Natural Calendar of the Lake: a lacustrine phenology

Herein lies a natural calendar for Kootenay Lake. There is variability in the times of natural events. Further, at this early stage in the construction of the calendar, some of these times are rather speculative. Most of the material here about local birds is provided by Janice Arndt.

Here is the contact to offer improved times and content for this calendar.

The Earth is closest to the Sun (its perihelion) in the first week of January. It is about 2% closer than the average distance and 4% closer than the greatest distance which occurs in the first week of July. (The seasons, of course, result from the Earth’s axial tilt to the orbital plane, not its distance).

The Lake level begins dropping.

The West Arm hosts a diversity of waterfowl during the winter months. January is a good time to become familiar with duck identification as most species have finished moulting into their alternate, or breeding, plumage, and the males are more easily recognizable. The following species of waterfowl are present each year on Kootenay Lake: Canada Goose, American Wigeon, Mallard, Ring-necked Duck, Greater Scaup, Lesser Scaup, Bufflehead, Common Goldeneye, Barrow’s Goldeneye, Hooded Merganser and Common Merganser. Others occur in smaller numbers or are not present every year, including Gadwall, Canvasback, Redhead and Red-breasted Merganser. All of the preceding species belong to the waterfowl family (ducks, geese and swans). Other waterbirds that can be seen here in winter may be confused with ducks but are not officially classified as waterfowl; these include Common Loon, American Coot, Western Grebe, Horned Grebe, Red-necked Grebe and Pied-billed Grebe.

Birds to watch for on land in January include the small finches—siskins, redpolls and goldfinches. Pine Siskins are widespread and abundant in most years, although some years (2005-06) they are virtually absent. Common Redpolls are one of the so-called irruptive species, invading our region from the north in high numbers some winters and not showing up at all in others. Movements are determined by fluctuations in the availability of their natural food sources. American Goldfinches occur year-round in the Kootenays and may be observed in winter. Although they have different movement patterns, all three of these species are very closely related. They are all seed eaters and sometimes visit feeders stocked with black-oil sunflower seeds or nyger (thistle) seeds.

The Lake level continues down.

In years when Bohemian Waxwings spend the winter along Kootenay Lake’s shores, numbers often peak in February, with flocks sometimes numbering several thousands.

Relative to other regions of Canada, first signs of spring come early to southern B.C. Although few, if any, migrants are returning at this time, resident birds begin to give indications that the breeding season is approaching. Song Sparrows, American Robins, Varied Thrushes, Winter Wrens and House Finches may be heard singing. (A few, such as Black-capped Chickadees and American Dippers, sing year-round). Pairs of Canada Geese start hanging out on pilings, Osprey platforms and similarly elevated structures where they may eventually nest. By the end of the month, Black-capped Chickadees and Bald Eagles are showing serious breeding behaviour. The chickadees may begin excavating nest cavities in trees and snags, while the eagles add new sticks to their existing nests and demonstrate courtship and mating activity.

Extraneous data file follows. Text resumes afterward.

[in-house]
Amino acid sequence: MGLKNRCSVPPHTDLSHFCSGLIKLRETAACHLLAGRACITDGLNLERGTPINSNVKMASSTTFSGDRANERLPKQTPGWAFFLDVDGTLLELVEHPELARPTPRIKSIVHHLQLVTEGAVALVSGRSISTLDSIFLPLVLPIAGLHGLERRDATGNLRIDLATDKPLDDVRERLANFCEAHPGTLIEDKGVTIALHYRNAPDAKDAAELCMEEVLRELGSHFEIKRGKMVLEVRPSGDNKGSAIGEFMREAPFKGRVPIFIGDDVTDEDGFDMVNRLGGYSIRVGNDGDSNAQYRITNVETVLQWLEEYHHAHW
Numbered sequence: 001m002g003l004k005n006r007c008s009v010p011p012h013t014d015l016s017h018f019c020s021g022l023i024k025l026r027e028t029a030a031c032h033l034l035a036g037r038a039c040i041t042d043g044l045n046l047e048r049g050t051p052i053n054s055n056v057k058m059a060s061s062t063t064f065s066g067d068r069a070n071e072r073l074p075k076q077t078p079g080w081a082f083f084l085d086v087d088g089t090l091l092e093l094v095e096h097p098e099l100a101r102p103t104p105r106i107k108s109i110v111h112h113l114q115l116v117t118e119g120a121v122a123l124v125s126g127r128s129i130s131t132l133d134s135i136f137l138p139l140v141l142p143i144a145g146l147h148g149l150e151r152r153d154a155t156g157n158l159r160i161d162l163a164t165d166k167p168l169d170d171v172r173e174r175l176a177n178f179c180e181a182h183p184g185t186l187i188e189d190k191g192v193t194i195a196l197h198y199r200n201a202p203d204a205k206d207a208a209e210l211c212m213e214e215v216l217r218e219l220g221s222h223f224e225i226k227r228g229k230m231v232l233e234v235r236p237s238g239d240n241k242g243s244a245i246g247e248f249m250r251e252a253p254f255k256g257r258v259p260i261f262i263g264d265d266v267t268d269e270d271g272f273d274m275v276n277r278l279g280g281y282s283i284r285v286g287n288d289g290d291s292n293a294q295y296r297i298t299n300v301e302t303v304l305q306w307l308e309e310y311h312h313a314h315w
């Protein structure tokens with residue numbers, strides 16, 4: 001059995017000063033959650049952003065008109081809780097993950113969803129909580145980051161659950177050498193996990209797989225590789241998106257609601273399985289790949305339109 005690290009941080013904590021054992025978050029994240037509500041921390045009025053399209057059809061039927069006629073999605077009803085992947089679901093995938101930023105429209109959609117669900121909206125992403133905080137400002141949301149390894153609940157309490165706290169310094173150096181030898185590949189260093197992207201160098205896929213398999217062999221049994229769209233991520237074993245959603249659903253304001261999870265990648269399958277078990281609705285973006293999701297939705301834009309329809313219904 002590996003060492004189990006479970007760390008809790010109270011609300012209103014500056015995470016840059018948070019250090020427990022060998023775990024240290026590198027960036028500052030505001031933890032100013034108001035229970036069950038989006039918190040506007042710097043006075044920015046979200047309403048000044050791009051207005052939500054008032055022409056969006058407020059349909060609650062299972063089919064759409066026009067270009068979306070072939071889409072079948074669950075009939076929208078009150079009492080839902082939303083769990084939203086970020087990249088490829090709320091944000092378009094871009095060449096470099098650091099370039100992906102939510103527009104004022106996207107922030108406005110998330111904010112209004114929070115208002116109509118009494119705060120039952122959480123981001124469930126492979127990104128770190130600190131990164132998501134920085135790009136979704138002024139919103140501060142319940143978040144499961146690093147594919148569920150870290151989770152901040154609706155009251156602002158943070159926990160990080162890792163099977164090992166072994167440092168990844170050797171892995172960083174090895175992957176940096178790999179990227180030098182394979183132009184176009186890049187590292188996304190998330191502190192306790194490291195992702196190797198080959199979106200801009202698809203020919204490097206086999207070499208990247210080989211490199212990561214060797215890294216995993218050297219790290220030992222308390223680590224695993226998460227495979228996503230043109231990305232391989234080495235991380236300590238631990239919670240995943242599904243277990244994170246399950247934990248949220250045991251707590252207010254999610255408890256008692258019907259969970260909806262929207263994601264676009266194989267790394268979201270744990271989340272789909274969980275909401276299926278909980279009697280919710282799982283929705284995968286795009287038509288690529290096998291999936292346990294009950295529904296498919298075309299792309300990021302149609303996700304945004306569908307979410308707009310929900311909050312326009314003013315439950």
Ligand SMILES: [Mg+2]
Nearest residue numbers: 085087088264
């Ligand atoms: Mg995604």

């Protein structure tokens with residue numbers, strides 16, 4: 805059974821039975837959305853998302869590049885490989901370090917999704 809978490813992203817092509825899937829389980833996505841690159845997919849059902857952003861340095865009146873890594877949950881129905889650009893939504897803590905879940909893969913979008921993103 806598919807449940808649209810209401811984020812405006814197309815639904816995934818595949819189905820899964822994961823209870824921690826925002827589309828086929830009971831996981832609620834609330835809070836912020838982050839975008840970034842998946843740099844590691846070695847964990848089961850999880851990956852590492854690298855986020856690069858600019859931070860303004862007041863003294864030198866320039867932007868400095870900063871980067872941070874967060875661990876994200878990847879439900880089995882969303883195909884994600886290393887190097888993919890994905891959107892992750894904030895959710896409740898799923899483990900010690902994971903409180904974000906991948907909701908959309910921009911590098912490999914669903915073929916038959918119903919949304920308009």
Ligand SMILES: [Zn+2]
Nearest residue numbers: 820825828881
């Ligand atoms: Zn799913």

Spring equinox about March 21st. The day and night are both twelve hours long.

The Lake generally reaches its lowest level sometime late in March or the first half of April. Typically, the minimum (at Queen’s Bay) is about 530 meters (above sea level). This is about 2.5 m below the typical flood level and about 1.5 m below a characteristic summer level. Low water presents an ideal occasion for long walks along portions of the lakeshore which may be too obstructed by rocks or vegetation at other times of the year. This is also the time to see features hidden when the water is higher, features such as the remains of the old steam-powered days: some old landings and wharfs with their pilings cut short, and even ship wrecks such as the Kuskanook and the Hosmer. One can also see the mud and silt which is often deposited beyond the sandy portion of a beach. While the presence of this mud is interesting on its own account, certainly a bonus is the extent to which at low water it readily reveals the tracks of many animals: birds of various kinds, deer, and even beaver.

In March we begin to lose some of our winter avian visitors. The flocks of American Coots and Greater Scaup that overwintered along Nelson’s waterfront often disperse by mid-month, while Bohemian Waxwings will leave the area by the end of the month.

There are several corresponding arrivals of species that have been absent through the winter months, including Killdeer, Violet-green Swallows and Spotted Towhees. Other species such as American Robins and Dark-eyed Juncos have been present in small numbers but their ranks swell considerably and they become more active and vocal, making them much more conspicuous. Resident Red-shafted Flickers and Merlins also become rather noisy and are even considered to be a nuisance by some who live within the territory of one of these birds